36 Va. Tax Rev. 205 (2017)
Modern developments raise significant questions about the future importance (or non-importance) of formal citizenship status. For example, while many have interpreted the European Union project, with its emphasis on the free movement of individuals, as portending the decreasing relevance of nationality, recent developments, such as the “Brexit” vote, suggest that national identity remains an important factor for many individuals. While much of the public debate over citizenship focuses on areas, such as immigration, that are more obviously tied to formal citizenship status, this debate also impacts cross-border tax policy.
Over the past decade, several scholars have addressed the use of citizenship status as a jurisdictional basis upon which to tax the foreign-source income of individuals who live outside of their country of citizenship. Some writers have defended the United States’ use of this citizenship-based taxation (“CBT”) to tax the foreign income of citizens living abroad, while a more significant number of scholars have rejected it and proposed that the United States tax the foreign income of U.S. citizens only if they reside in the United States (residence-based taxation, or “RBT”).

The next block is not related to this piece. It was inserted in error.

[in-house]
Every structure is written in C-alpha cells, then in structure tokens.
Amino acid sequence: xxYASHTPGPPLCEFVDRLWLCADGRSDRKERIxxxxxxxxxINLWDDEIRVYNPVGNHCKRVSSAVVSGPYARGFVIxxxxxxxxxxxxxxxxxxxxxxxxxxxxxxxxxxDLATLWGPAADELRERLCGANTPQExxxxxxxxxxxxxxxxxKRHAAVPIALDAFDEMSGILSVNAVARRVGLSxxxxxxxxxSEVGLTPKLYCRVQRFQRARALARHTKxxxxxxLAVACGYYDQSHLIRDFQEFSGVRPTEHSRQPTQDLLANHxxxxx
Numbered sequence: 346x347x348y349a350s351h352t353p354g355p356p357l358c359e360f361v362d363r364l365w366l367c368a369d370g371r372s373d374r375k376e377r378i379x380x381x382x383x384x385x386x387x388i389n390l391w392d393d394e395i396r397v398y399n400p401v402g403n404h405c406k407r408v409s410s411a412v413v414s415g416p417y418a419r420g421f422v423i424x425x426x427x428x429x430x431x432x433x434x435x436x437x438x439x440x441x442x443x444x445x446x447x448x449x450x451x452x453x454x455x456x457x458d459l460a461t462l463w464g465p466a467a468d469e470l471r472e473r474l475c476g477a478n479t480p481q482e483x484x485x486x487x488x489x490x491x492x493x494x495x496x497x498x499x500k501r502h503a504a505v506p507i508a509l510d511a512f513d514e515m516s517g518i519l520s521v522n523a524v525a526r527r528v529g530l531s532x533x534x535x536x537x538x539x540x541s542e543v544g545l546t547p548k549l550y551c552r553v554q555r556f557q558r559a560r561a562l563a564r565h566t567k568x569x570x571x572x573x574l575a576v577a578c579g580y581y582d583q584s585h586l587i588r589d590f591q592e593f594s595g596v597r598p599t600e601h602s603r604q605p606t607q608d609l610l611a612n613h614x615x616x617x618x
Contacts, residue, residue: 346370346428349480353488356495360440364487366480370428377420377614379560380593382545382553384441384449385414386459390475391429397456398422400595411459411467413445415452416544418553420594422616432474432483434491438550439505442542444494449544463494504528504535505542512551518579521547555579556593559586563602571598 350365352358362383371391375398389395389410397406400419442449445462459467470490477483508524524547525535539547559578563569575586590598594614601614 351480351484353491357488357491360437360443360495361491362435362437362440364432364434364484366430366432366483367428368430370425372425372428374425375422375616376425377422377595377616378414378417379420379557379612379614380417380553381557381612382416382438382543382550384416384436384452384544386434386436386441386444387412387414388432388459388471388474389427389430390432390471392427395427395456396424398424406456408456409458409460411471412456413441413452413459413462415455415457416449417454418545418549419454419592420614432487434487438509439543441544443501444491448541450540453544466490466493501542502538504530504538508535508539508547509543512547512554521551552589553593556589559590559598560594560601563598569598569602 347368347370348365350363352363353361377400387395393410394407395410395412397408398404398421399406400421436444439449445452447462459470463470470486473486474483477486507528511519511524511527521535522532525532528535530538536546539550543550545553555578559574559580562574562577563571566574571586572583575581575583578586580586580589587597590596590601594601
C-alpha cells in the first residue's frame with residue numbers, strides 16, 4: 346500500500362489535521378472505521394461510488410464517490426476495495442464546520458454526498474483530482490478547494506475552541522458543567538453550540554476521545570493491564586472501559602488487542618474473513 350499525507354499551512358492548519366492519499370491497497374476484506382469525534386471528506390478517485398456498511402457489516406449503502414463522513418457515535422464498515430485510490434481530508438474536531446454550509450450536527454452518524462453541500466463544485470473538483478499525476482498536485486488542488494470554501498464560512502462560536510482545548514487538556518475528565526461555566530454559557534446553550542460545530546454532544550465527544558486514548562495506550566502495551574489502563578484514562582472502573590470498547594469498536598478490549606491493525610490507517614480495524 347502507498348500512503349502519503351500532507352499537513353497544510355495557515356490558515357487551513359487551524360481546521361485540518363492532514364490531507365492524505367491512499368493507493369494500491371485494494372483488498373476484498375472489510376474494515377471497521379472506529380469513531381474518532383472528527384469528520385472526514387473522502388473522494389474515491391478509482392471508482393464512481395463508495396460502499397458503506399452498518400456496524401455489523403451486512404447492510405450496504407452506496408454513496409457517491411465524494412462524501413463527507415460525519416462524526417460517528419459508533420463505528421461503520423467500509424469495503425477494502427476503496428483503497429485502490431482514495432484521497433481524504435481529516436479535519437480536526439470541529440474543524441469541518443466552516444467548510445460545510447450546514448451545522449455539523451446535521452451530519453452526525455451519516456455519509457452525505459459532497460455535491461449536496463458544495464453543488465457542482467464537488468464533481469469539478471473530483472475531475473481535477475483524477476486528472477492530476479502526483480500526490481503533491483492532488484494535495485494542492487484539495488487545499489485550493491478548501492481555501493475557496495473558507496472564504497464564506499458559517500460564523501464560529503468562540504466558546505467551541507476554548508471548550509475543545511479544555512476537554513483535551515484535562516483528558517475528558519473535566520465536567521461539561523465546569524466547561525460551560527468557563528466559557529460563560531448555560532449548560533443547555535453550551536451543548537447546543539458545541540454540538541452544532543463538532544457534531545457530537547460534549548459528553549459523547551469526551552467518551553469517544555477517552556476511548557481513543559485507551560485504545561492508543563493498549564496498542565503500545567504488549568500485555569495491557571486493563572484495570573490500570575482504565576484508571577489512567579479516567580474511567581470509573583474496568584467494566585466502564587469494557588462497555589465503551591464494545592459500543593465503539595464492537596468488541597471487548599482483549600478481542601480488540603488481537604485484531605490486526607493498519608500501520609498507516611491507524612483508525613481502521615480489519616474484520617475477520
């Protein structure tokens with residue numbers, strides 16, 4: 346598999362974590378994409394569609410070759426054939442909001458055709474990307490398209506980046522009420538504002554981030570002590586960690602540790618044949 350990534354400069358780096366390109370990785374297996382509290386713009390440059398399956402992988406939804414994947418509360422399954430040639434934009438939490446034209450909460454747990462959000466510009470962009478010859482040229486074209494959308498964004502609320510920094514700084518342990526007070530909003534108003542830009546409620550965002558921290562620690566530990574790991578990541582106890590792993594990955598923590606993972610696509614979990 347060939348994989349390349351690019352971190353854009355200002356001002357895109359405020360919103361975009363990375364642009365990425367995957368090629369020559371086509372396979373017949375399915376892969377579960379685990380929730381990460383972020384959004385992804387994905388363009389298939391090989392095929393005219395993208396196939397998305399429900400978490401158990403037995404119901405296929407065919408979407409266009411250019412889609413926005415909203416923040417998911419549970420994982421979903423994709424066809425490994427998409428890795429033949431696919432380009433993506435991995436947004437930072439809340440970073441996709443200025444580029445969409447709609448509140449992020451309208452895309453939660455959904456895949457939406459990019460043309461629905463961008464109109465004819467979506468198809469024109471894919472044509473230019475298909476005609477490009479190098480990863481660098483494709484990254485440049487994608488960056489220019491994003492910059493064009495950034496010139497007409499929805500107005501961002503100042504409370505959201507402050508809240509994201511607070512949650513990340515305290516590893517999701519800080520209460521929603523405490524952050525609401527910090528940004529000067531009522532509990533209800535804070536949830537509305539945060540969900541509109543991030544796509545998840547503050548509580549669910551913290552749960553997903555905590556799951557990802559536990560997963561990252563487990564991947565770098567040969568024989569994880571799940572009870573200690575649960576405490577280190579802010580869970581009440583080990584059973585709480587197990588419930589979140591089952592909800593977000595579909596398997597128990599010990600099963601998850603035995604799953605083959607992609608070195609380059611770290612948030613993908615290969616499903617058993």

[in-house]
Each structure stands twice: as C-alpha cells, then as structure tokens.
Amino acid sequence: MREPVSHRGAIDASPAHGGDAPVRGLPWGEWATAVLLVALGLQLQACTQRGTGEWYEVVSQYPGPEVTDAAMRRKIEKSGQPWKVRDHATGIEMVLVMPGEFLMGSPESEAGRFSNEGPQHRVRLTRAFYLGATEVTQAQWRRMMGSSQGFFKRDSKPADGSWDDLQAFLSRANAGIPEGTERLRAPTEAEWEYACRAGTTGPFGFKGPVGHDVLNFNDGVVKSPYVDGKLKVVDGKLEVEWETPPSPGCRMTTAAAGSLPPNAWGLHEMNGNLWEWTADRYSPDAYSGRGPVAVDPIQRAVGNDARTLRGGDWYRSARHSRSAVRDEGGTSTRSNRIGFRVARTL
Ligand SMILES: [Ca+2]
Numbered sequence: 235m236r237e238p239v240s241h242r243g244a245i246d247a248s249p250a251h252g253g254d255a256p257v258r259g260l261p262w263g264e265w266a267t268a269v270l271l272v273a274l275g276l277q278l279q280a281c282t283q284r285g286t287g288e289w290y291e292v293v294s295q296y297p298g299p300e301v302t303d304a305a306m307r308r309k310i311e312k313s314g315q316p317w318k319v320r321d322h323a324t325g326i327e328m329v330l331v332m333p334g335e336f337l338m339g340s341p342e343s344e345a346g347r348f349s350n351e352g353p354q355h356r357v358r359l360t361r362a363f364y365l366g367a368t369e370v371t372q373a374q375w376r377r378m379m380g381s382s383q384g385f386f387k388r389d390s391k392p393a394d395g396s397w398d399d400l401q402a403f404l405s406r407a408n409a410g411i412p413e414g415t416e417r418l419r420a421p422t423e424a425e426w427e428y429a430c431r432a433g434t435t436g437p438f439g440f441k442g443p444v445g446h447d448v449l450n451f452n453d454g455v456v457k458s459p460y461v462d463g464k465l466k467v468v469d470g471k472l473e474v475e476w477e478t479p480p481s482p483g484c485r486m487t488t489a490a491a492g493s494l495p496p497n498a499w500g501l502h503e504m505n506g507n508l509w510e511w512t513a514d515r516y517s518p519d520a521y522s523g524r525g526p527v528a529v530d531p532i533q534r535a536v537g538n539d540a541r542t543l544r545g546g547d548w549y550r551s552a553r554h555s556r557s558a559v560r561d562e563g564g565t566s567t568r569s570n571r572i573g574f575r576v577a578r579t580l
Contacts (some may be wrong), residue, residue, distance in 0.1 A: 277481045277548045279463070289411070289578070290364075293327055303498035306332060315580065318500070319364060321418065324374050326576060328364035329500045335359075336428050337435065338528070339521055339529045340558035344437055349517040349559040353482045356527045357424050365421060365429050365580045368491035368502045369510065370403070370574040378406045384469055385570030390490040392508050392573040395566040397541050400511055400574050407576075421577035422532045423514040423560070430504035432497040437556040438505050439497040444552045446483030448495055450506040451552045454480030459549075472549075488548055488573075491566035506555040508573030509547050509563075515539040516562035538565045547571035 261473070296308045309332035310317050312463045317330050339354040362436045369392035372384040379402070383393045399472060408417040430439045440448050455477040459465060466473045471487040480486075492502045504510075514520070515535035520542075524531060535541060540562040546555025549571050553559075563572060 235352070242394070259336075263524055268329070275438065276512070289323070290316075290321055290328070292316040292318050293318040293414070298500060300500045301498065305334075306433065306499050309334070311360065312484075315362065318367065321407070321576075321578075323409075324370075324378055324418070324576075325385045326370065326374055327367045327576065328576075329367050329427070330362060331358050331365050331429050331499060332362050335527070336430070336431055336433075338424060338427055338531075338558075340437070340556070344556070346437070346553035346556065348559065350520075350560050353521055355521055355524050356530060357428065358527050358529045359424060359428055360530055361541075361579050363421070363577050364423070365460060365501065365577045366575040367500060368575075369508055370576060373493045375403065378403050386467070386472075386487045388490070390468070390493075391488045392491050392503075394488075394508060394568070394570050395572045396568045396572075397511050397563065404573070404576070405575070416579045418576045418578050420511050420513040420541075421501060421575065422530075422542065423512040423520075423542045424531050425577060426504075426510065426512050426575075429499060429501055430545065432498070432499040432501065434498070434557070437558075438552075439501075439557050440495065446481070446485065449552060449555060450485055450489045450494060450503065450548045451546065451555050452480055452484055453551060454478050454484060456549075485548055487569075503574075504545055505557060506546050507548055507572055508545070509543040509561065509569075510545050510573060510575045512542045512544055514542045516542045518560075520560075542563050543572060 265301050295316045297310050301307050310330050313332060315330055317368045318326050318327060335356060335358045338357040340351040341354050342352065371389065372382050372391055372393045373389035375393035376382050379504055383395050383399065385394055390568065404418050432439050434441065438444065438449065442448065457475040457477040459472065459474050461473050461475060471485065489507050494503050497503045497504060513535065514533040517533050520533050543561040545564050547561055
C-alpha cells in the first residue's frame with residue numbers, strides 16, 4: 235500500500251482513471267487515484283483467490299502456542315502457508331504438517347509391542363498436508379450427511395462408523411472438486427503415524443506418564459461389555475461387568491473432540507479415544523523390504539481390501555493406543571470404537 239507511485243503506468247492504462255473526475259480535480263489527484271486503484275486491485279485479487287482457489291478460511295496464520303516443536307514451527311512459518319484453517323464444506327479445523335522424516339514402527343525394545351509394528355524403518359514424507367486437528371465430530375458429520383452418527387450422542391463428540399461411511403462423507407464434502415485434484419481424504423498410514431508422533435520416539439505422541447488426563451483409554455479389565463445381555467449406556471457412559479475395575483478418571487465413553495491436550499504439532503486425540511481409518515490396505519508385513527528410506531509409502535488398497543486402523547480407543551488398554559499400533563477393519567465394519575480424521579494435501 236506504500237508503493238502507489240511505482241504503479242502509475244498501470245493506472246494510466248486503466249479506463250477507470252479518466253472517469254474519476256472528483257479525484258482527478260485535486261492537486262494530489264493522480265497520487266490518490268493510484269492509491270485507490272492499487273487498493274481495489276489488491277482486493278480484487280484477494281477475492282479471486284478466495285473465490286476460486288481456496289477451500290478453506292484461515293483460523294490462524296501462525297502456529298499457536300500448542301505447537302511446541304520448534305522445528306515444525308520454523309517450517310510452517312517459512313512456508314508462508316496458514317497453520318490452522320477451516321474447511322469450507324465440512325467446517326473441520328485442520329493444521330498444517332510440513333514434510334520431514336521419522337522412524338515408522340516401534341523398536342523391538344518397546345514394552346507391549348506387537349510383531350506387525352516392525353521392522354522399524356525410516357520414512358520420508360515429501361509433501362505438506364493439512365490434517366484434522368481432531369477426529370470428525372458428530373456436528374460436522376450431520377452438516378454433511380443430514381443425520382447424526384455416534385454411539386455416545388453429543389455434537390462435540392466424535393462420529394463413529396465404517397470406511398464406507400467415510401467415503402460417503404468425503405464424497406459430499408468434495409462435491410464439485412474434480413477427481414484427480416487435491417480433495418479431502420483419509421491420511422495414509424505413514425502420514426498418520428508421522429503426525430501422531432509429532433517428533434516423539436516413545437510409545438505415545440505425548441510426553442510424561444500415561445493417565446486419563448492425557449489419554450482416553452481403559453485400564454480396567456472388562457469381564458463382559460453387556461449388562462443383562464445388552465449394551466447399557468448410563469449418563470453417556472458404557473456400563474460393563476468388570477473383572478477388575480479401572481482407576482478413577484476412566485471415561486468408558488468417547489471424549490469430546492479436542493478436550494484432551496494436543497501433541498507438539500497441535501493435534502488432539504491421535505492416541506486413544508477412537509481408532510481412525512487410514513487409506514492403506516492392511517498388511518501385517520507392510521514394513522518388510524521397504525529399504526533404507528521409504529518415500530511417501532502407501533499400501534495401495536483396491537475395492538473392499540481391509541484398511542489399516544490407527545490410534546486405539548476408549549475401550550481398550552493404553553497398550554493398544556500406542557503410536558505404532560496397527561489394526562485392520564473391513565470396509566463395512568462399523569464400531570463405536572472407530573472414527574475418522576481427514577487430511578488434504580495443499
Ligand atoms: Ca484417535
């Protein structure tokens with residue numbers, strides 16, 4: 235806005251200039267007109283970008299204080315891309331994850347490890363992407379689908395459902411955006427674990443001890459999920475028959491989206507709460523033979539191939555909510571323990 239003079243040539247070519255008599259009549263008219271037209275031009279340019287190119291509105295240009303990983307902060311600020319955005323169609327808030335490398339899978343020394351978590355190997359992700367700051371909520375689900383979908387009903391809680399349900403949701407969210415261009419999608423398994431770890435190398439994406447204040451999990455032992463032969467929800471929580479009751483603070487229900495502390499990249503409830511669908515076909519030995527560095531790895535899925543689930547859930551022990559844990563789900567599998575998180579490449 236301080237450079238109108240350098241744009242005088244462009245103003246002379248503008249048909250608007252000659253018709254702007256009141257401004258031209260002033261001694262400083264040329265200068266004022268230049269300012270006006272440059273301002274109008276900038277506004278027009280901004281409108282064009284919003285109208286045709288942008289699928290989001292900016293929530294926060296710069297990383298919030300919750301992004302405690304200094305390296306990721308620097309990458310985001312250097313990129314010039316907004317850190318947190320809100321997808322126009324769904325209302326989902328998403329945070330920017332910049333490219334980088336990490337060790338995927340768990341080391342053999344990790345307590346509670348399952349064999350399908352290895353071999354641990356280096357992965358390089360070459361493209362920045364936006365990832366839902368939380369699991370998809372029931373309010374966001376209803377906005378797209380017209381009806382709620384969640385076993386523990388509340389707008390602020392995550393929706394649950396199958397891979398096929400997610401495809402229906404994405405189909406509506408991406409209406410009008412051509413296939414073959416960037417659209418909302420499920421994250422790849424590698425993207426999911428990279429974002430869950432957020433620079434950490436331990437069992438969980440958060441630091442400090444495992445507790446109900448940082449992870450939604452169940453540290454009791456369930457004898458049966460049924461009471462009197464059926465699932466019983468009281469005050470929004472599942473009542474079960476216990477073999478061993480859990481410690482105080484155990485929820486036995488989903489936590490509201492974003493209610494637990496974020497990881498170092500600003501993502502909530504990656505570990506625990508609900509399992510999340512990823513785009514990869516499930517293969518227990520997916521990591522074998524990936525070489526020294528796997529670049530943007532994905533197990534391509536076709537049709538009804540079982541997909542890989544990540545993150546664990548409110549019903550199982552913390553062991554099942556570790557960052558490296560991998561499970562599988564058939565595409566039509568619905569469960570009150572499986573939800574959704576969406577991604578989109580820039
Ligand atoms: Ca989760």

This Article considers the competing normative arguments surrounding the use of citizenship as a jurisdictional basis to tax, and distills the strengths and weaknesses of each. In so doing, it highlights the most salient factors upon which the debate hinges, and illustrates the importance of difficult-to-measure predictions of how both individuals and society will react to different regimes.
The Article ultimately concludes that the debate between CBT and RBT often overemphasizes the subjective circumstances of particular individuals, and underemphasizes the broader impact of the alternative regimes on social cohesion within the United States. When coupled with the significant residence neutrality concerns that may arise under an RBT regime and the resulting potential to create a permanent class of wealthy U.S. citizens living abroad who would not be subject to taxation, these social cohesion concerns suggest that the United States should continue to exercise citizenship-based taxing jurisdiction. However, the Article acknowledges that such a CBT regime can only be defended in practice if the IRS and Congress are willing to address the significant practical compliance concerns faced by many citizens living abroad.
Citizens Abroad and Social Cohesion at Home: Refocusing a Cross-Border Tax Policy Debate,
36 Va. Tax Rev. 205 (2017).
Available at: https://scholarship.law.nd.edu/law_faculty_scholarship/1294